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The times-news. (Hendersonville, N.C.) 1927-current, September 13, 1933, Image 3

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are gathering at Rente for safety.
Half a dozen destroyers are at
the Guantanamo naval base, about
40 miles from Santiago, and ob
servers here felt that ample aid
was available if a serious situa
tion developed. The administra
tion policy, meanwhile remained
one of sympathetic waiting to see
whether the Grau San Martin gov
ernment could maintain order and
thus prevent necessity for United
States action.
Manuel Marques Sterling, am
bassador-designate of the fallen
De Cespedes regime, and secre
tary of state-designate in the new
government—was reported resting
easily today after a severe heart
attack which will delay his return
to Cuba.
Young People of
W. C. T. U. Will
Meet Thursday
The Young People’s Branch of
the W.C.T.U., will meet Thursday
evening at 8 o’clock in the Hollo
well Bible class room at the First
Baptist church. The branch is
composed of young people whj
are trying to lift moral standards
and inform themselves concerning
existing conditions and promote
Christian citizenship.
The branch is supporting the
18th amendment and endorses the
slogan. “Give us enforcement, not
repeal.” It is sponsoring medal
contests in five places in the coun
ty and will make an early an
nouncement as to the place and
time of these contests.
The members invite all people
between the ages of 16 and 25 to
join them in their meeting Thurs
day night.
COAL MINERSTn KEY
STONE STATE OFF JOB
(Continued from page one)
and threatened disputes.”
The ruling in effect supports
the right of national or interna
tional officers of a union to ne
gotiate directly with employers.
In August, seven employes of
the Berkeley’ Mills were discharg
ed under circumstances “leading
them to believe their discharge
was due to union activities,” the
I statement said.
All are members of the United
Textile Workers Union. Attempts
by this agency to intercede for
the men were rebuffed by the mill
owners who insisted on dealing
only with a company employe.
The national labor board inter
vened when the mill was closed by
a strike. The board yesterday rec
ommended the strike he discon
tinued and that employes return
to work. In addition it proposed
that employes be returned with
out discrimination.
There is no substitute for
1 newspaper advertising.
BLANTON CLAN!
SETS REUNION;
In conjunction with the big I
Cleveland county-wide celebra-1
tion to be held on Thursday,
Sept. 14, at Shelby fair grounds, ■
all Blantons and Blanton connec
tion are especially requested to
join this all-day picnic and cele
bration, for the special purpose
of establishing a family tree and
organizing an annual reunion of.
the Blantons of North Carolina.;
All members of the connection;
are requested to bring their fam
ily records, and basket lunch,]
and join in with Cleveland coun
ty in having a big celebration.
South Blue Ridge
Dry Meeting Set
__
A precinct meeting of the de
forces of South Blue Ridge will
be held at the new M. 10. church
at Upward, Tuesday, Sept- 19, at
8 o’clock p. m. according to an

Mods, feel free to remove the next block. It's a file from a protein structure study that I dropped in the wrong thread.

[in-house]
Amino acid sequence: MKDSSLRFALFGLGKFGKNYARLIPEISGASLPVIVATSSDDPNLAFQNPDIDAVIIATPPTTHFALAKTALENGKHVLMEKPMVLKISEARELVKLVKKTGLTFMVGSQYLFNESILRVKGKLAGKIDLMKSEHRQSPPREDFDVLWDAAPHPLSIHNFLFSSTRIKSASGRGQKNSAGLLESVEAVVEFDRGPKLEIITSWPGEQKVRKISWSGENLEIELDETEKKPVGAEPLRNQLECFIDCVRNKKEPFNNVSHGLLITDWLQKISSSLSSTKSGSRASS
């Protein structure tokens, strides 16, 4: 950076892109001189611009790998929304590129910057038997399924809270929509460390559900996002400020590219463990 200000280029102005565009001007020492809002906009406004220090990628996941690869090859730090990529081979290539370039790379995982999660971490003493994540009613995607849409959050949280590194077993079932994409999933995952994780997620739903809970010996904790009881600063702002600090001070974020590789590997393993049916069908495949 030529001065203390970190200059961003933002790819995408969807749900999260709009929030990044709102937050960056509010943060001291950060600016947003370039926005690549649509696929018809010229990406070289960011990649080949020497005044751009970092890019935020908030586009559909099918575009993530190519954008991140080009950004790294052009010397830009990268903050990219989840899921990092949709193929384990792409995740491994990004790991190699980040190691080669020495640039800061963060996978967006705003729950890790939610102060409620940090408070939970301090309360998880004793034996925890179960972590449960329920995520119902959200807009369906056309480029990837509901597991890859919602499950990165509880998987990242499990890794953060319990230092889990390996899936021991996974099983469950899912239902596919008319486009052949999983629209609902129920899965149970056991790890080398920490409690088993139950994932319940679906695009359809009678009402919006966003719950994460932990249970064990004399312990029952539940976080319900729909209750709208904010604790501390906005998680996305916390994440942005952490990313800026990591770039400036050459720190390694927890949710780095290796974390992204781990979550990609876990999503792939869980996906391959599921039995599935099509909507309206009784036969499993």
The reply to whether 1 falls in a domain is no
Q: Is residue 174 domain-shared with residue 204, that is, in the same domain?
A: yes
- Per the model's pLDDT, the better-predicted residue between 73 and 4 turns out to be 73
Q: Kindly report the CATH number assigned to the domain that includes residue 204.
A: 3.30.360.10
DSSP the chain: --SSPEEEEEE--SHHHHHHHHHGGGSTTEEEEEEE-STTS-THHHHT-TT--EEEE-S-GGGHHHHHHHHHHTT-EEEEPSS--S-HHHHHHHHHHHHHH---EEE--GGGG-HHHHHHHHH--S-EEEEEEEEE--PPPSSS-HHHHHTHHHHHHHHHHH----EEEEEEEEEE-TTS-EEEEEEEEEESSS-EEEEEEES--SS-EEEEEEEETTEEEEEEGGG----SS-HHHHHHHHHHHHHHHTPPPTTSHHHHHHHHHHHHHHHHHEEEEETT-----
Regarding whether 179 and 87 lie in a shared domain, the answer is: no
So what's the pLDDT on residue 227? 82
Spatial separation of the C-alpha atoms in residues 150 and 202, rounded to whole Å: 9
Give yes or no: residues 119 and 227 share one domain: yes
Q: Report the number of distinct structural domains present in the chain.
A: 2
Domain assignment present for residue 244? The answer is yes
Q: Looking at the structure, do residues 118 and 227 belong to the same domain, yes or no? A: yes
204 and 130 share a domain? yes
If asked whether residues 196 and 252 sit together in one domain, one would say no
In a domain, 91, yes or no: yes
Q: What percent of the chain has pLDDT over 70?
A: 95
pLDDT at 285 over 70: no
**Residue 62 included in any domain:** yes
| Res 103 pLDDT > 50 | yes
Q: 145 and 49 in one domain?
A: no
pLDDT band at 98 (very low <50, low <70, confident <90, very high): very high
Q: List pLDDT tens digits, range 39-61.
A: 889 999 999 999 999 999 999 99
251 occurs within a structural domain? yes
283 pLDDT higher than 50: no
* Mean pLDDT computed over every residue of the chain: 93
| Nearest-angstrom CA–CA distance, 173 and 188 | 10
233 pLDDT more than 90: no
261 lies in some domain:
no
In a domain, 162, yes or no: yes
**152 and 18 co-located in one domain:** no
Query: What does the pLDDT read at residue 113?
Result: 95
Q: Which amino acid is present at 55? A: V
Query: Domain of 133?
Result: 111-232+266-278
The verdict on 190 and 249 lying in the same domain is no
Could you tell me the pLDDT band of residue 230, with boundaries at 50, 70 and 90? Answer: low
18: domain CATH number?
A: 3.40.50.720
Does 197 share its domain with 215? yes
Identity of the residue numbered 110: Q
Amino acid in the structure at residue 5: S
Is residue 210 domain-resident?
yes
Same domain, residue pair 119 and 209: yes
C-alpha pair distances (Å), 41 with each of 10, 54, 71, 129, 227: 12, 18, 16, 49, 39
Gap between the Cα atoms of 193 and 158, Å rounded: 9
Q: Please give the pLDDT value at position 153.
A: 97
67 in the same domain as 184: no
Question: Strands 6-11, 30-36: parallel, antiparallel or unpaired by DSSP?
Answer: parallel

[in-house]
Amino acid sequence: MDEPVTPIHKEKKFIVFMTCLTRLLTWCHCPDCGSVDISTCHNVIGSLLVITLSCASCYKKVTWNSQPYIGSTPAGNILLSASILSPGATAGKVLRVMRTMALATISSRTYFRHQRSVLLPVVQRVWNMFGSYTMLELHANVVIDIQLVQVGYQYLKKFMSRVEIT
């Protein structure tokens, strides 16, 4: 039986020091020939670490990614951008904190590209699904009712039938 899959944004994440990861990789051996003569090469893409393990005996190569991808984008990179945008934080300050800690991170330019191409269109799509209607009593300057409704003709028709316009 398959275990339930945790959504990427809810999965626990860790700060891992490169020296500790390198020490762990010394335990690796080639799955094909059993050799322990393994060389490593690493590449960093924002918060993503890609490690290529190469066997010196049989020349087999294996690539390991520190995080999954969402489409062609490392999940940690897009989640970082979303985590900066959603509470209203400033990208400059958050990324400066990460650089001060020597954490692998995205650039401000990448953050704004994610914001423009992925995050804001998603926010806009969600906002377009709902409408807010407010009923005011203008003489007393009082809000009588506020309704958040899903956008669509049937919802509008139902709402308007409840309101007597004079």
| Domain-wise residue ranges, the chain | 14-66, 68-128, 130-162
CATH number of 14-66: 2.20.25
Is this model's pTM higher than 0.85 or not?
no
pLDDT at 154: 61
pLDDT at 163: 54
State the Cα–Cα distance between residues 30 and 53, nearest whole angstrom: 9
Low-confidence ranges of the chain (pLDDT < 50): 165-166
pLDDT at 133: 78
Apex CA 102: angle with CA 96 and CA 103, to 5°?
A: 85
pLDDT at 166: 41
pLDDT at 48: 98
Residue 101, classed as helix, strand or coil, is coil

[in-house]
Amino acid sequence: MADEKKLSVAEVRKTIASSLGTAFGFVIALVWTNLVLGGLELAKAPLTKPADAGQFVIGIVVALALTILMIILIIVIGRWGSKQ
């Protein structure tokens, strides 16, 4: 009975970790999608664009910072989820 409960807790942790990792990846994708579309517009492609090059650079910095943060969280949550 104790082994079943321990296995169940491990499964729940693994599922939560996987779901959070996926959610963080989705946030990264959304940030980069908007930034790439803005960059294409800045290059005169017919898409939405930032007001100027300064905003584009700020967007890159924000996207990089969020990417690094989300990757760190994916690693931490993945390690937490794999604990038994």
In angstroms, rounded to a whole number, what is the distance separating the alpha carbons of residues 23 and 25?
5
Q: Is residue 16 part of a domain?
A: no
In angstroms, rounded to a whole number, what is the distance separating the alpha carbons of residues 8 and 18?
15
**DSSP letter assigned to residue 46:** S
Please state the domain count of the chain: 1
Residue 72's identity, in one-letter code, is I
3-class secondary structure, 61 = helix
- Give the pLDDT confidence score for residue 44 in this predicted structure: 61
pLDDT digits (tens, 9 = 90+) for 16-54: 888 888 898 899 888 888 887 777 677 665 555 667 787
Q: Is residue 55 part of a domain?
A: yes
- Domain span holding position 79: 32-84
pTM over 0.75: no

nouncement made by Chairman
Hilliard Case of the precinct
committee. Speakers for the
meeting have been secured in
Hendersonville and the public is
invited to attend.
Edneyville Sends
Many to College
A large number of former stu
dents of the Kdneyville high
school are returning to college
this fall, and a larger number are
entering college for the first time.
Returning to college are Sam
Freeman, University of North
Carolina; Wm. Trammell. Weaver
College, and Eva Freeman. Eas
tern College fur Women, Oxford,
Ohio.
Students entering college are:
Paul Barnwell, University of Illi
nois; Brownlow Barnwell, W. C.
T C. Cullowhee; Alph Williams,
Wofford College; Earl Freeman,
University of North Carolina;
Lowell Ledbetter, Southern Junior
College; Dan Pryor, W. C. T. C.;
Marie Freeman, W. C. T. C.; Julia
Whitesides. W. C. T. C.; Amelia
Bradley, W. C. T. C., and Mar
garet McLaughlin, W. C. T. C.
PLEASANT HILL
COUPLE WED SUNDAY
Melvin Shipman and Miss Nel
lie Summey of Pleasant Hill,
were united in marriage Sunday,
Sept. 10, ai the Little River Bap
tist church by the Rev. W. P.
Holtzclaw. The wedding came as
a surprise and was held at the
close of the preaching service.
The young couple will make their
home w’ith the mother of the
bridegroom, Mrs. W. C. Shipman.
Juniors Add 8
To Membership
One of the most interesting
meetings of the Junior Order wa?
held last night at Woodman hall.
on Main street, with 40 men pres
ent, and an additional eight men
who received initiation into the .
order. The local lodge is growing
in numbers every week. Much in
terest is being shown on the part
of the members.
J. C. Coston, secretary, report
ed this morning that a goal of 100
members has been set by the time
of the district meeting which will
he held at Black Mountain about
October 15.
Since the last district meeting
in Hendersonville. April 16, when
the local council had 48 members,
the membership has grown to 84.
PLANS STEEL CONFERENCE
WASHINGTON. Sept. 13 (UP)
President Roosevelt will call in
steel magnates within a short time
in an effort to work out a scale
or prices for steel rails in line
with his program for the rehab
ilitation of railroads and heavy
industry.
! Phone 505. Ret. Phone 302-J
i Hotel and Home Appointments
Dr. Bertha W. Branatctter
Osteopathic Physician
1 Colonic Irrigation